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March - 2007 - issue > Entrepreneurship
Scheduling-Meetings,-the-iPolipo-Way
Sriparna Chakraborty
Wednesday, February 28, 2007
If time is money, then scheduling meetings is costing you a fortune.

When the clients or business colleagues you need to meet with are busy or traveling, you can wind up trading phone calls and e-mails for weeks in order to find the perfect time in your respective calendars, and scheduling group meetings can be a nightmare. On an average, it takes seven e-mails to schedule one business meeting, and executives estimate they spend up to 200 hours each year just trying to arrange their meetings with key people.

Hari Shetty and Rajesh Setty know all about this expensive problem – as high-tech executives, they dealt with it every day for years. Now they’re turning this business problem into an opportunity. The two longtime friends – they were schoolmates in India – have used their experience in enterprise software to design and develop a web-based service that will help busy executives schedule meetings. After fourteen strenuous months, their online calendar service is ready to launch – and so is their new company.

Connecticut-based iPolipo (“polipo” is Italian for octopus) permits calendar sharing over the web and dramatically reduces the time and cost of scheduling meetings across and within organizations.

Shetty and Setty bootstrapped iPolipo and ventured into a massive market anchored by software like Microsoft Outlook, which has about four hundred million mailboxes – but very limited capacity to share calendars between users. iPolipo makes the Outlook calendar selectively accessible on the web, powering some very productive interaction.

“Using iPolipo is simple,” says Shetty, the company’s president and CEO. “One can download the iPolipo toolbar to their Microsoft Outlook and use it immediately.”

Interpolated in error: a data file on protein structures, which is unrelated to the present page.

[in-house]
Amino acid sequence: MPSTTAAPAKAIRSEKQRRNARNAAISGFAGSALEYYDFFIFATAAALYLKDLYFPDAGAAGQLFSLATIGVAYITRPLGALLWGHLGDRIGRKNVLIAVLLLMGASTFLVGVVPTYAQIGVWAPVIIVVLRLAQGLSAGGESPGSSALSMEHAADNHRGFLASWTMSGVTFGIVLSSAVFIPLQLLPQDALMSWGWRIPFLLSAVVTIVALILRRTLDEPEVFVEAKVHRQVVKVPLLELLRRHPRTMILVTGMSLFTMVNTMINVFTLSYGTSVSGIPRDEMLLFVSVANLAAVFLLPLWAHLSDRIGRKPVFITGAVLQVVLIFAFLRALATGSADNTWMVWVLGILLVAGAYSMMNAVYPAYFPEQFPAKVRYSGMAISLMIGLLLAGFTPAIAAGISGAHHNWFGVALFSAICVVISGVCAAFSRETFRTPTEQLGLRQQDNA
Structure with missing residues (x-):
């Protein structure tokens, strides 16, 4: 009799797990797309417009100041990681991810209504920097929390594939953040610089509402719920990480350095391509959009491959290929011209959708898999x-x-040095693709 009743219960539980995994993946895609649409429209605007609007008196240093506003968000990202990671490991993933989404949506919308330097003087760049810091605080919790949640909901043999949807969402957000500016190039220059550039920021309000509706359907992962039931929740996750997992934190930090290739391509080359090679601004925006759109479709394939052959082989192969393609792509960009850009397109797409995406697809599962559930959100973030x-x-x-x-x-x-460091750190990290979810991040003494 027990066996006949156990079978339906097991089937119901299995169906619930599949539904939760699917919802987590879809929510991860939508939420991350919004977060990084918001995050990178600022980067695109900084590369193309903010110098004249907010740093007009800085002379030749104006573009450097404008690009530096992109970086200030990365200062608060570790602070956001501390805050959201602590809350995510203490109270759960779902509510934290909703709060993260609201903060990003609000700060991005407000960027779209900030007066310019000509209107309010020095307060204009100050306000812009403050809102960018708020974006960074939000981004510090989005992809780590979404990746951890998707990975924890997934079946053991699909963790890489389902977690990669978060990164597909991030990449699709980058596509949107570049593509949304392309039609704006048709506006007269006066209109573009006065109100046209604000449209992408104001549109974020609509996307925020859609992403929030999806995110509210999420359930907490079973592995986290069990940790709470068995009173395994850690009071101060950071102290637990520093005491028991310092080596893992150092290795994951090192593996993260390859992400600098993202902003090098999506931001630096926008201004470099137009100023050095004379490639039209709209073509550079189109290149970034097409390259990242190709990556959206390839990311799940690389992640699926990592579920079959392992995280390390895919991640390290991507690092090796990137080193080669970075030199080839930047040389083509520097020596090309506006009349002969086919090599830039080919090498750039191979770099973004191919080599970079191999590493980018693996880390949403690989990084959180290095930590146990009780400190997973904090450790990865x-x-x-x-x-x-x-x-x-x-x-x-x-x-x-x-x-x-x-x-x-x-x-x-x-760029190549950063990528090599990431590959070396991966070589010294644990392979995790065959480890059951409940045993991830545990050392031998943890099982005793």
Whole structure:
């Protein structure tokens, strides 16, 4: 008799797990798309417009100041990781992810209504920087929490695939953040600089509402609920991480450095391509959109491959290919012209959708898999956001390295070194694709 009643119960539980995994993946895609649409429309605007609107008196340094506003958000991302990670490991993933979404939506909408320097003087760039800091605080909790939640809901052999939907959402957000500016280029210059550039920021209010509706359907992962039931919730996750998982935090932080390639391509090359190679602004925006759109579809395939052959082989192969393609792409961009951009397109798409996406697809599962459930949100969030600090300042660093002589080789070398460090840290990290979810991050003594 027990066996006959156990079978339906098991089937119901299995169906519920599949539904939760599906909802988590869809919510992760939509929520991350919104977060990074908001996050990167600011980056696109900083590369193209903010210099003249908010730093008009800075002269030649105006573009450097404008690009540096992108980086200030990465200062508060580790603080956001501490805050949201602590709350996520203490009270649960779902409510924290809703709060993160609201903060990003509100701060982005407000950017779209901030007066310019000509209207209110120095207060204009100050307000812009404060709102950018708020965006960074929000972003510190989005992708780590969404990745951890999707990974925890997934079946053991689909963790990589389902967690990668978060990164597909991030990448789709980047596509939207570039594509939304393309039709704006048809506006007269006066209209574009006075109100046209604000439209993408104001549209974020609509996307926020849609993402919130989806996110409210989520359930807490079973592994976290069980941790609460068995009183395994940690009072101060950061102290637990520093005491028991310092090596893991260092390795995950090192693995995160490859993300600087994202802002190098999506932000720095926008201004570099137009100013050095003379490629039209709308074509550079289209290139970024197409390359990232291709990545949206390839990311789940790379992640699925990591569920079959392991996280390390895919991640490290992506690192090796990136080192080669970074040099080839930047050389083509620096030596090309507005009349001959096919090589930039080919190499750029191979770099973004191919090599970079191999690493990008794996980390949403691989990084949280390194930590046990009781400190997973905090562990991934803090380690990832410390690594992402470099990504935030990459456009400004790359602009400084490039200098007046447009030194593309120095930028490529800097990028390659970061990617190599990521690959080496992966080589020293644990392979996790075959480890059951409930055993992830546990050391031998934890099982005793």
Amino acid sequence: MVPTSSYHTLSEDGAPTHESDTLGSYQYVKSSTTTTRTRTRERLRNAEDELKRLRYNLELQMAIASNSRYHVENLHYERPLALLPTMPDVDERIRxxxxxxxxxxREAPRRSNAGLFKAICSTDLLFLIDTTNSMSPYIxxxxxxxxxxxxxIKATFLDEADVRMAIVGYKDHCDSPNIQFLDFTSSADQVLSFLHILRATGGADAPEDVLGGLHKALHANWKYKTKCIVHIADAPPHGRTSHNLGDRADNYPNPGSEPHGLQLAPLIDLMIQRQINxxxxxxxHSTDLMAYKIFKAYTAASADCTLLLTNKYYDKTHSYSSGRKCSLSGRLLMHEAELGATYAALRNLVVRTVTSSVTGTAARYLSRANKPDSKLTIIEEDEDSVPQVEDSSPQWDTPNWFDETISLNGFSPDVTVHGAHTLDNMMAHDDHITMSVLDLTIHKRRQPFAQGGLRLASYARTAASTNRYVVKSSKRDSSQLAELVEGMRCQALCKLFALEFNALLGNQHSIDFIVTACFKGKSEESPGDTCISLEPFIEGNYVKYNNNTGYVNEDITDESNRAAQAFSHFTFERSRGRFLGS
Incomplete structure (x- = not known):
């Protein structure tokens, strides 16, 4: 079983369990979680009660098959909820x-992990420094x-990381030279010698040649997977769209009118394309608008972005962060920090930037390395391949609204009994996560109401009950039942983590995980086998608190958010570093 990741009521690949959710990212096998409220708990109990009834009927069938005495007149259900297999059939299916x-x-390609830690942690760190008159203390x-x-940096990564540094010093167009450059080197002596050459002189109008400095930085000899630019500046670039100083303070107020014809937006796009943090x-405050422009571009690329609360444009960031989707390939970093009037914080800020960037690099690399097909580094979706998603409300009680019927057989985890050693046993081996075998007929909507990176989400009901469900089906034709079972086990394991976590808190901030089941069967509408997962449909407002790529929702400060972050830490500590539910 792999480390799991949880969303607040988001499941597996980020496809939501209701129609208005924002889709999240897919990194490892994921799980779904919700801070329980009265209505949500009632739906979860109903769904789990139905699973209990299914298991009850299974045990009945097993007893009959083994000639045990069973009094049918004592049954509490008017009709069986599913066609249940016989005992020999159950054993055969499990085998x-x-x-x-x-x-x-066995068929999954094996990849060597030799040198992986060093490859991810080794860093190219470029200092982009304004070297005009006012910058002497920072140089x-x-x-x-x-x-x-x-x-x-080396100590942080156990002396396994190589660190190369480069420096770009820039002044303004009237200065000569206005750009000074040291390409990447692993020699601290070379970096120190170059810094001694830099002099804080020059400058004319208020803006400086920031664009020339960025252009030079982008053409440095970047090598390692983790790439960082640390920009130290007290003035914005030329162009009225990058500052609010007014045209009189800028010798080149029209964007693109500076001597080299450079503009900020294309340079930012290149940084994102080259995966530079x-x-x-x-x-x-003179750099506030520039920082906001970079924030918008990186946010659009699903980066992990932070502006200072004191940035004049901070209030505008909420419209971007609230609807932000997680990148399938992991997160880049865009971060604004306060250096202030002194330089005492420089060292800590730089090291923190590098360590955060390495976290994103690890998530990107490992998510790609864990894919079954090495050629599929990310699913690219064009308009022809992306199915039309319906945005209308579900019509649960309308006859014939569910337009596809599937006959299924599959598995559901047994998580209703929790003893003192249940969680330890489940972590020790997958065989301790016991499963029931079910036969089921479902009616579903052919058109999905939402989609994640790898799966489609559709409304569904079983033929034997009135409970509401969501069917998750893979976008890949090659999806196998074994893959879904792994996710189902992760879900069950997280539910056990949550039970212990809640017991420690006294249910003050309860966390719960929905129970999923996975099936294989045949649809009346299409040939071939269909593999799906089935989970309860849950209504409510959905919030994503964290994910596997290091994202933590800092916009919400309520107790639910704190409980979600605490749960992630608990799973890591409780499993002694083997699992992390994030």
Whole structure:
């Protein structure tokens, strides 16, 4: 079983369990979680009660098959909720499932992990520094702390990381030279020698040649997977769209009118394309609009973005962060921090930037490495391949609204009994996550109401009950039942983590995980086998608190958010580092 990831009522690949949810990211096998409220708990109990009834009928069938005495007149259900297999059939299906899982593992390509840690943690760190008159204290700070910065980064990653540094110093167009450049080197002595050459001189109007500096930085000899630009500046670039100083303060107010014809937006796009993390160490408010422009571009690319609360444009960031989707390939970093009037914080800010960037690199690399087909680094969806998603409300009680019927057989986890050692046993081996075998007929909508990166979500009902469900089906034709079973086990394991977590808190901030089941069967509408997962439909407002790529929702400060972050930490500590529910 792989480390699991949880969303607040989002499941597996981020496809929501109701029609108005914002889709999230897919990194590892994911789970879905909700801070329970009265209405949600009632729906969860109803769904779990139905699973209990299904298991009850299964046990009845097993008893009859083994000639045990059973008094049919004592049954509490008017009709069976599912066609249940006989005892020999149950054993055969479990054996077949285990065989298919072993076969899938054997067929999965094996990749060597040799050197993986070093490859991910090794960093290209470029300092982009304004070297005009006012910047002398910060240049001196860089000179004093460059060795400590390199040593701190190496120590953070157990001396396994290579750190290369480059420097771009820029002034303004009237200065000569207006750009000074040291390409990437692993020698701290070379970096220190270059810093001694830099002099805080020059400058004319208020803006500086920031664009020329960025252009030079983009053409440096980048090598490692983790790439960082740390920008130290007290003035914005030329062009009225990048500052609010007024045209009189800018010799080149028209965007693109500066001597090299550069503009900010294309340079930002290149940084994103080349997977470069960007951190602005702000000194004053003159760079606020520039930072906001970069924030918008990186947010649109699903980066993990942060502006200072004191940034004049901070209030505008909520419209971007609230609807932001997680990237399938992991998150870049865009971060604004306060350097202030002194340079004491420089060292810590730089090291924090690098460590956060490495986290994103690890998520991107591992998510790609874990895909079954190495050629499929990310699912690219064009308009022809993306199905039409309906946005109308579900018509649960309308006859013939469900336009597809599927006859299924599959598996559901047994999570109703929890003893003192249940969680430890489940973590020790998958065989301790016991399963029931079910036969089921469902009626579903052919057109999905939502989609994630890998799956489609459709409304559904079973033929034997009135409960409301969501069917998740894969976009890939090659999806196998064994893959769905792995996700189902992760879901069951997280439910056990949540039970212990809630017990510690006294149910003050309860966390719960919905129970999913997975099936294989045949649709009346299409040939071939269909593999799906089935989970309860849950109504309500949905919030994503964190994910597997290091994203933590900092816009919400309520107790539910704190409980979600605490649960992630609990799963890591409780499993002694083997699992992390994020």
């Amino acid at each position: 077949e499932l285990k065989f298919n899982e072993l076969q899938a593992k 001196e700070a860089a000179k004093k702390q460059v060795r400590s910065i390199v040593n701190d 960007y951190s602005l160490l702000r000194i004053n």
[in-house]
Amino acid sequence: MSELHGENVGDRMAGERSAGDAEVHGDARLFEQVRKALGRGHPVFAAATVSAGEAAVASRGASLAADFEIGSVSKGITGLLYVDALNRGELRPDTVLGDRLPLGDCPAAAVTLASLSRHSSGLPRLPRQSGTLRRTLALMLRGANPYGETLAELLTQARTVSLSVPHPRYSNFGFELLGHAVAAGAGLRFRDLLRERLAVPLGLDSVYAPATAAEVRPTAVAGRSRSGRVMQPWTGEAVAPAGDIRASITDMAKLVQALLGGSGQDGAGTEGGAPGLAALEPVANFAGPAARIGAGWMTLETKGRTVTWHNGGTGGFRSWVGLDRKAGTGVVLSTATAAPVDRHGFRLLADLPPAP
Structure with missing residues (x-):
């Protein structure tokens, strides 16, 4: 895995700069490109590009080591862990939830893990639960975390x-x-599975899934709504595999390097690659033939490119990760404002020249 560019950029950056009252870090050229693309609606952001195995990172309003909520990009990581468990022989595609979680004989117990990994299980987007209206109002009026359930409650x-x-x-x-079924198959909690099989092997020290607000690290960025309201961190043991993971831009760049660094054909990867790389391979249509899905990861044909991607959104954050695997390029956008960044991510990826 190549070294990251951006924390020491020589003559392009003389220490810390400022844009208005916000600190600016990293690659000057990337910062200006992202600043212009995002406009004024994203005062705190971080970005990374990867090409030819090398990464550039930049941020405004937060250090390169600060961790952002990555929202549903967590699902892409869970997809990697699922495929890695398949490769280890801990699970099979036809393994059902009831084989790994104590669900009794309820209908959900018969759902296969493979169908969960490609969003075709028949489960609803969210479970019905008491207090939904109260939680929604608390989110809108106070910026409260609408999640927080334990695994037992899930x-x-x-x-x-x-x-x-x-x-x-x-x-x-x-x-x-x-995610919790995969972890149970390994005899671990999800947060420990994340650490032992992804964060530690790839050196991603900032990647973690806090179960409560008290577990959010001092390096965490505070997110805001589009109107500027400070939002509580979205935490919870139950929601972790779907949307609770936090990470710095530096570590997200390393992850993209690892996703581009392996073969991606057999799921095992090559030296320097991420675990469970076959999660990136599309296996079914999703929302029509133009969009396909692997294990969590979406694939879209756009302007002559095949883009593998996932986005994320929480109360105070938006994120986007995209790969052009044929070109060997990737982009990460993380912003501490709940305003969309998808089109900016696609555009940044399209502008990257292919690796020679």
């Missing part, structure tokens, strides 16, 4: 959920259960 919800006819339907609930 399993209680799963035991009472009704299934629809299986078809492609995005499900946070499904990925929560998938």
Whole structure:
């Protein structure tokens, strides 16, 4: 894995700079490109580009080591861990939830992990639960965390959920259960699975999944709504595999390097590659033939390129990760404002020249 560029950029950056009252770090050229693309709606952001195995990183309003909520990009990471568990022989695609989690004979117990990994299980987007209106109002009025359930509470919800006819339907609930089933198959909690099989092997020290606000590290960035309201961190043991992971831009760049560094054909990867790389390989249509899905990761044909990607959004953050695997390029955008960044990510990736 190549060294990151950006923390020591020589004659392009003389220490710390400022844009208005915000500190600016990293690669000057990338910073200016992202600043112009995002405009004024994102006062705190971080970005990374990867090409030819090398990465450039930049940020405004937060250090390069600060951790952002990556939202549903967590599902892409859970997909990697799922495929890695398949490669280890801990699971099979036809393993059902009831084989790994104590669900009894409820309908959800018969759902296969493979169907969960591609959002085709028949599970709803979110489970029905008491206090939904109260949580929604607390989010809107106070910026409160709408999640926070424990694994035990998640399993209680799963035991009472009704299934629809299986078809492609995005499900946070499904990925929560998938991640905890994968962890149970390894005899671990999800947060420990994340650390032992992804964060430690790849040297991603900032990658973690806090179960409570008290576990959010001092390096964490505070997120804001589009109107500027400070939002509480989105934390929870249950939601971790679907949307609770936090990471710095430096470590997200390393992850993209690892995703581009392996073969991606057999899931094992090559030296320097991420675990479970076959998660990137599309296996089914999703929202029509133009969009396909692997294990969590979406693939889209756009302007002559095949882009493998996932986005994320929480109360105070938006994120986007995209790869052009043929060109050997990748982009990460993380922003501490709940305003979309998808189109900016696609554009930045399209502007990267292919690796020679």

Users can share selected ‘available’ time slots on their iPolipo calendar with colleagues and clients, who can see only those slots. The client selects a time and an e-mail is automatically generated to both participants. Responding affirmatively to the e-mail automatically confirms the meeting.

The iPolipo application, which costs $99 a year by subscription, has many other features that improve utility while protecting the user’s privacy. The calendar can be shared for a restricted time, perhaps one week, with contacts who don’t have an ongoing business relationship with the primary user. Contacts can be automatically categorized by priority or use – for example, the user can make morning timeslots available for contacts in the ‘Business Group’ category while restricting members of the ‘Golf Buddies Group’ to weekend slots only.

“iPolipo effectively automates what we all do informally,” says Shetty. “We make ourselves available or unavailable to meet people depending on who they are in our business and in our lives. iPolipo does that for you and leaves your time free for more important activities.”

Shetty believes that sharing a calendar is of tremendous business value. “By providing access to your calendar over the web, you are enabling clients and colleagues to communicate with you more easily, which helps every business process,” he says. “And if you are an executive or consultant who charges $150 an hour, and you’re spending up to 40 non-billable minutes a day trading e-mails and phone calls about meetings, iPolipo will pay for itself the first day you install it. That’s the kind of value that the business world understands immediately.”

iPolipo is still in its beta stage, but its first 50 test subscribers are already enthusiastic. “It’s ended the ‘are you busy?’ e-mails and IMs,” says one testimonial.

Both Shetty and Setty – who joke about being brothers because of the similarity of their names – have distinguished resumes. Shetty spent nine years in development and sales management at Aspect Software, a global leader in contact center solutions. Setty was the founder and first CEO of Cignex Technologies, a leading integrator of open source enterprise software. Setty is currently involved with several other startups in some combination as an investor, board member and an advisor.

Shetty and Setty have recruited an experienced development and marketing team in India, and their next objective is to build a plug-in similar to the Outlook application that would work for other calendars, like Google Calendar. That enhancement – and a round of VC funding – are expected to be completed before iPolipo officially launches this spring.
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